Human beings discovered ways to travel on water rather than land at a very early stage in their history. Almost certainly, they began by riding on (and falling off) floating logs and gradually moved on to the construction of rafts made by lashing several logs together. Then they learned to harness the wind, one of nature’s most potent forces. So from paddling rafts, people moved step by step to the nuclear powered transatlantic ships of the present day.
Yet the magnetism of sails and sailing ships have lived on. No one knows for sure when sailing boats were first discovered. Still, archaeological findings suggest that the Phoenicians and Egyptians, who were the first seagoing nations, began using sails in the 10th century BC. Sailing ships were superseded as the principal means of seafaring by the invention of steamships, but sailing survives as a recreational activity and as a sport.
Although Turkey is surrounded by sea on three sides, sailing as a sport did not begin here until relatively late. The first sailing clubs in the world were founded in the 1700s, yet only towards the end of the 1890s was the first sailing club established in Ottoman Turkey by British residents in Istanbul. The sport was quickly taken up by wealthy Turkish families, and soon other sailing clubs appeared in the city: Prinkipo, Makrikoy, and Moda. These clubs organized sailing regattas and rallies until the outbreak of the First World War in 1914 when the clubs closed their doors. This hiatus ended with the establishment of the Turkish Republic in 1923, and the Turkish Federation of Water Sports, encompassing sailing, rowing, and swimming, was founded the same year. Sailing in Turkey began with renewed momentum.
The first official sailing race was held here on 12 August 1932, and the first Turkish sailing club, Moda Sea Club, opened on 8 April 1935 with the encouragement of Mustafa Kemal Ataturk.
Turkish sailors began to enter international competitions, and at the Berlin Olympics of 1936, Turkey was successfully represented by Harun Ulman, Dr. Demir Turgut, and Behzat Baydar. In the wake of the Second World War, when sailing went into abeyance once more, interest in the sport quickly revived, and a series of new clubs opened, beginning with the Istanbul, Fenerbahce and Galatasaray sailing clubs in Istanbul, and Karsiyaka Sailing Club in Izmir. In 1957 sailing branched off from the Federation of Water Sports with its organization, the Turkish Sailing Federation, founded on 25 May 1957.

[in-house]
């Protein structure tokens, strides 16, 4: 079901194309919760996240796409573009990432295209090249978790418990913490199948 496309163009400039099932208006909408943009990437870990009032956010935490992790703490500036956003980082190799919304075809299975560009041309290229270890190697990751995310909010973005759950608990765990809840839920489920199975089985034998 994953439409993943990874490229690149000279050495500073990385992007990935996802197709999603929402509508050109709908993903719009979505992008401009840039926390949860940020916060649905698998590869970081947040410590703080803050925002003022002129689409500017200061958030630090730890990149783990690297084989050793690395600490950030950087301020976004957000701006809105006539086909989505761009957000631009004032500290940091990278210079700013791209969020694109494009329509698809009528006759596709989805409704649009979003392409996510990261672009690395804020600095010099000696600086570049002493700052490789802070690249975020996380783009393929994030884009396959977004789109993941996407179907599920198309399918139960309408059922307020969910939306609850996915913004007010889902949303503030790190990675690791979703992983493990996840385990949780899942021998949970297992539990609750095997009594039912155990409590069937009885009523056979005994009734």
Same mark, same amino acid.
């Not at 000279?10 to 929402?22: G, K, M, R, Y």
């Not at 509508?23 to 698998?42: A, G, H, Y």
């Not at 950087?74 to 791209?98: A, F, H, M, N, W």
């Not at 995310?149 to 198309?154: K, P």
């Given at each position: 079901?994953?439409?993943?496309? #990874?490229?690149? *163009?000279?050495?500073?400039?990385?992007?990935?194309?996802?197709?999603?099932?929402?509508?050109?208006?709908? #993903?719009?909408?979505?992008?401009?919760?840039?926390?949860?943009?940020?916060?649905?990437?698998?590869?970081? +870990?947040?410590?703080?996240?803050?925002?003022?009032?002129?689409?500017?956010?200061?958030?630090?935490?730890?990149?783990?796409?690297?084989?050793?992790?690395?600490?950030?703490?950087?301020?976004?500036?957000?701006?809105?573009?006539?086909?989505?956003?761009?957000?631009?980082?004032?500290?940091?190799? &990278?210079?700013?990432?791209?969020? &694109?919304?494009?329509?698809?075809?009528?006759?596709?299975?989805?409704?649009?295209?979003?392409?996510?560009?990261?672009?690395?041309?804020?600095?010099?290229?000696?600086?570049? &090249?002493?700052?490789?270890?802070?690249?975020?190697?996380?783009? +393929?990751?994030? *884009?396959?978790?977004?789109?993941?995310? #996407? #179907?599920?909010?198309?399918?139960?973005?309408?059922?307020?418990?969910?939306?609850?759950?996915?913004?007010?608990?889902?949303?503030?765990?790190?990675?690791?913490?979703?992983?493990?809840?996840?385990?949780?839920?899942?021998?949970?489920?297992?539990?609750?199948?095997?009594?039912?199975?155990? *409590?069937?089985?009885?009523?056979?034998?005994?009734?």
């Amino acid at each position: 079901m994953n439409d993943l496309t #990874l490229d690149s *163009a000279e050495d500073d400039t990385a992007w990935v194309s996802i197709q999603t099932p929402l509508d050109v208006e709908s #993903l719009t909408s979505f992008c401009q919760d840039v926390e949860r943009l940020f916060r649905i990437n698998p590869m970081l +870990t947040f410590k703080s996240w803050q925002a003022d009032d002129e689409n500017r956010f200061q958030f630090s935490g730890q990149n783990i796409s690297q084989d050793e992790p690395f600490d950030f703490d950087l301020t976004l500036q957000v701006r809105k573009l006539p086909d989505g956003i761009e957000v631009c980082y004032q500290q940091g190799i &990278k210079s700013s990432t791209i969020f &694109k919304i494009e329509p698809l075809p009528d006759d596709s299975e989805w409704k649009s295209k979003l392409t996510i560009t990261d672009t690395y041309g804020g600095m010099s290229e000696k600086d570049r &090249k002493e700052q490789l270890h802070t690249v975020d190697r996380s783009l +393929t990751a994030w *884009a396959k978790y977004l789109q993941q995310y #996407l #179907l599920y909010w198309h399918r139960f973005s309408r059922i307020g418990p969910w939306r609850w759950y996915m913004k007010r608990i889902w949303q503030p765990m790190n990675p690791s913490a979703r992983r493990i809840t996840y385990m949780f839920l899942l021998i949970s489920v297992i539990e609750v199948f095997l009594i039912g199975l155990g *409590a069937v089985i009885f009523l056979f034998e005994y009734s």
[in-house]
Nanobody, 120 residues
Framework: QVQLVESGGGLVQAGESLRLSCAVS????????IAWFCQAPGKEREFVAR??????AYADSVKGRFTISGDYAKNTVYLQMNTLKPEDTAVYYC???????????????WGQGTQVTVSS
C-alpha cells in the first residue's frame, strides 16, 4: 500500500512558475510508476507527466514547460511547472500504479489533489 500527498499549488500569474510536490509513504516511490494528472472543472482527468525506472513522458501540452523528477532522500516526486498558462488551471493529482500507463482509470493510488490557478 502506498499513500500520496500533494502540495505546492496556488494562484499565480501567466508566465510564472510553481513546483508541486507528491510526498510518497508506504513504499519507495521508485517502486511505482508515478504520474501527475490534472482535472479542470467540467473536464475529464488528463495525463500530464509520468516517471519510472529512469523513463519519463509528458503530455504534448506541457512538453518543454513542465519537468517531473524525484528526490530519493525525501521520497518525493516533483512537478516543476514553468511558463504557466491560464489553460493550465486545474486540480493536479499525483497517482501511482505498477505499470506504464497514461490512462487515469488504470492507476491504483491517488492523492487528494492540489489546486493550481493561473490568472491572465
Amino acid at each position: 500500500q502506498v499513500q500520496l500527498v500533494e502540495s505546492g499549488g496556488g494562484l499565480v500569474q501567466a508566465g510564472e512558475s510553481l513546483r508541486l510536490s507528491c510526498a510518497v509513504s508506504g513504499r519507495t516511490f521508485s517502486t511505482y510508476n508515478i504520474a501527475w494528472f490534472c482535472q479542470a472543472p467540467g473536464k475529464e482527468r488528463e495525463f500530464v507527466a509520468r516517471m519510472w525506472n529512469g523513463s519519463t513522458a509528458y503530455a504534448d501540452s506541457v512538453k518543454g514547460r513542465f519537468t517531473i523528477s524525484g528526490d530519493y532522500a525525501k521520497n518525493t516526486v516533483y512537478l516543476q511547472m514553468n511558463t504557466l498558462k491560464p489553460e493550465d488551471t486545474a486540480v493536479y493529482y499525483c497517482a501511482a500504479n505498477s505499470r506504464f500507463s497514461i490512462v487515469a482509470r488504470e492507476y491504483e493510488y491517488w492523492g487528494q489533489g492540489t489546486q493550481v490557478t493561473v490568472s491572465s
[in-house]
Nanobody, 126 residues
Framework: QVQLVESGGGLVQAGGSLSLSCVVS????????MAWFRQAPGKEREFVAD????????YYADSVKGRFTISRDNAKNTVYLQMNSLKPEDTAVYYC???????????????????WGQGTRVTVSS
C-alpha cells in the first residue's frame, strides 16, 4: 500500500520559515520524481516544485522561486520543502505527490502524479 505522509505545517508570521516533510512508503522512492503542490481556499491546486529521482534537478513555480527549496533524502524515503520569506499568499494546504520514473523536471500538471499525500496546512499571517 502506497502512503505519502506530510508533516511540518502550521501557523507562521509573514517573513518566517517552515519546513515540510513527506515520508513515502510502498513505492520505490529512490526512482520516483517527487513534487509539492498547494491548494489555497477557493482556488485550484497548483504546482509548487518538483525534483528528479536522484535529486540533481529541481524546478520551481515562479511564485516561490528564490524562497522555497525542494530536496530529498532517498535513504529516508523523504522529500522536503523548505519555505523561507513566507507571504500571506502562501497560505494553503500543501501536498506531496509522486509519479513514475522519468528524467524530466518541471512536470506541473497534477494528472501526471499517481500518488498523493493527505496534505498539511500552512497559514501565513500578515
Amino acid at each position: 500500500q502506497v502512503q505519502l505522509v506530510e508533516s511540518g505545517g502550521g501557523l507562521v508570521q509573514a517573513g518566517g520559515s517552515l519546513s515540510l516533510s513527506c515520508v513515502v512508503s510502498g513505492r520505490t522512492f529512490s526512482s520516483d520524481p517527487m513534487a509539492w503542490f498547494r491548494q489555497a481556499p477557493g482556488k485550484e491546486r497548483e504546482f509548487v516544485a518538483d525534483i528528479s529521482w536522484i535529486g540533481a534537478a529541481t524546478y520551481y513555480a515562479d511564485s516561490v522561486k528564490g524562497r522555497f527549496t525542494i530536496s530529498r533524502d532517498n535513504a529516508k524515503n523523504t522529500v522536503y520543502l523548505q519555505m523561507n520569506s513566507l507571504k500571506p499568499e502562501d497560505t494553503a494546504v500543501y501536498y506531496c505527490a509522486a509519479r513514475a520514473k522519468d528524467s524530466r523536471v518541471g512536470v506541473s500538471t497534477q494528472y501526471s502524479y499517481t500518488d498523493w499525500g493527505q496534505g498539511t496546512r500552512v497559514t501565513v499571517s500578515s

Sailing is one of the few sports in which nature and technology are in harmony together. At the same time, you experience not the excitement of opposing nature, but of adapting to it. Being together with nature, feeling, and experiencing it are sources of infinite pleasure to sailors. Some turn the sport into a way of life and sail around the world.
The first Turk to do this was Sadun Boro, who, with his German wife Oda Boro, set out in August 1965 and completed the round-world trip in June 1968. Sadun Boro is looked up to as one of the sport’s great names by other Turkish sailors and has inspired a love of sailing in countless others, many of whom have also gone on to sail around the world.
Among them are Haluk Karamanoglu and his family, Osman Atasoy and his wife Zuhal, who during the trip gave birth to their child Deniz, a name appropriately meaning ‘sea,’ and Tanil Tuncel and his wife. They are currently at sea for their third round-the-world voyage.
Today, thousands of people sail for recreation, and competitions and races are held which combine entertainment with the sport. Timber sailing boats compete in such events as the Bodrum Cup, the Black Sea Yacht Rally, the Marmara Yacht Rally, the Aegean Yacht Rally, and the Eastern Black Sea Yacht Rally.
These international events not only encourage the love of the sea and sailing but forge firm friendships between the people from different countries who participate in them, regardless of nationality, race, or language. Turkey’s safe and clean seas, hospitable people, and modern marinas have been attracting many sailing enthusiasts from countries all over the world for years
Sailing boats are the best way to enjoy being at sea, amid the natural world. Taking wing on the wind and heading for the open sea is an unforgettable experience. So let us don our wings and sail off towards the horizon, with songs of friendship and freedom on our lips and in our ears.
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